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LOIS Attorney Prevails on a Nuanced Coverage Issue Involving a PEO

Lois Law Firm successfully challenged and won on a coverage argument that seldomly comes before the Board. Attorney, Meisha Powell was able to bring attention to the file very early on in the case, that there was a possible coverage issue, involving a “leased employee” who was injured on a site covered by our client’s wrap-up (OCIP) policy. The claimant in this case suffered injury to the back, leg, and ankle when he slipped and fell at the jobsite. Prompted by the claimant’s own prehearing conference statement, which listed a PEO company as an “interested party” to this litigation, attorney Powell asked that the Carrier for the PEO be placed on notice. She argued that the claimant may be a leased employee and based on our knowledge of a previous case we were successful in defending against coverage, we requested development on the record on this coverage issue. The Carrier for the PEO was placed on notice, and at a subsequent hearing vehemently denied coverage for the claim, arguing that the wrap up policy must cover the claim! At that hearing, the Law Judge directed all policies to be submitted to the file, a memo of law from both parties on the issue of coverage, and case law supporting said argument(s).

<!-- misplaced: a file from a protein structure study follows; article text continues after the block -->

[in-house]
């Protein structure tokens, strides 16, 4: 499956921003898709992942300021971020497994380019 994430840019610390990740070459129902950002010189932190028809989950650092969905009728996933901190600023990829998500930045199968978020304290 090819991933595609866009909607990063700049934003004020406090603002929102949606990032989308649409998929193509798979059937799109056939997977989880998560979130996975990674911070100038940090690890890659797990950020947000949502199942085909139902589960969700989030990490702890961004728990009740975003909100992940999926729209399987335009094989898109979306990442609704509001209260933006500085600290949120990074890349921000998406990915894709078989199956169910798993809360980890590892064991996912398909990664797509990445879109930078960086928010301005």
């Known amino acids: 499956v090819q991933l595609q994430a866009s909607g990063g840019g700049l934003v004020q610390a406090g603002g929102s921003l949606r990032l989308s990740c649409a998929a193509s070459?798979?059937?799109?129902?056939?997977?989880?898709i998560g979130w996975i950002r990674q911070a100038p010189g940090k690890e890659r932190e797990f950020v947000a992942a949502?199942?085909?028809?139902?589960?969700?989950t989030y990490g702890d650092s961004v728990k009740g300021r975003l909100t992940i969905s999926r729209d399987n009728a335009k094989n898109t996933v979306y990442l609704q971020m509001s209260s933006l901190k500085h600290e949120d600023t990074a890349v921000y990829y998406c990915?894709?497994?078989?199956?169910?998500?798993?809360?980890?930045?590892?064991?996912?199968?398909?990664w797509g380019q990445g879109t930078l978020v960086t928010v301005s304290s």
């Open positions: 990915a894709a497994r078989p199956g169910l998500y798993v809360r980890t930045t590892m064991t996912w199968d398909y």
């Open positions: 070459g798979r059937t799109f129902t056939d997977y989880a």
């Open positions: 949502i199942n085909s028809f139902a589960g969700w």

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NY WCL Section 21-a: A Powerful Tool For Employers in the Construction Industry

There was a time when employers who were unsure whether a claim is compensable would not want to pay any benefits to the claimant for fear that it would be considered an acceptance of the claim, or constitute an “advance payment of compensation.” Oftentimes, they would ultimately be stuck with the claim because they had insufficient information to properly deny it and prevail at trial. However, the 1996 workers’ compensation reform legislation implemented a change to assist employers with this problem: New York Workers’ Compensation Law (NY WCL) § 21-a. This statute has addressed and resolved this concern for many employers, especially those in the construction industry.

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Collateral Estoppel in Construction Claims

Using Findings in the Workers’ Compensation Claim to Create Jeopardy in the Civil Claim.

In New York, a construction site injury generally leads to two claims being filed: a workers’ compensation claim, and a general liability (civil) lawsuit pursuant to New York’s Labor Laws. The workers’ compensation claim moves at a much faster pace than the civil lawsuit, with compensability potentially being determined in as little as sixty days.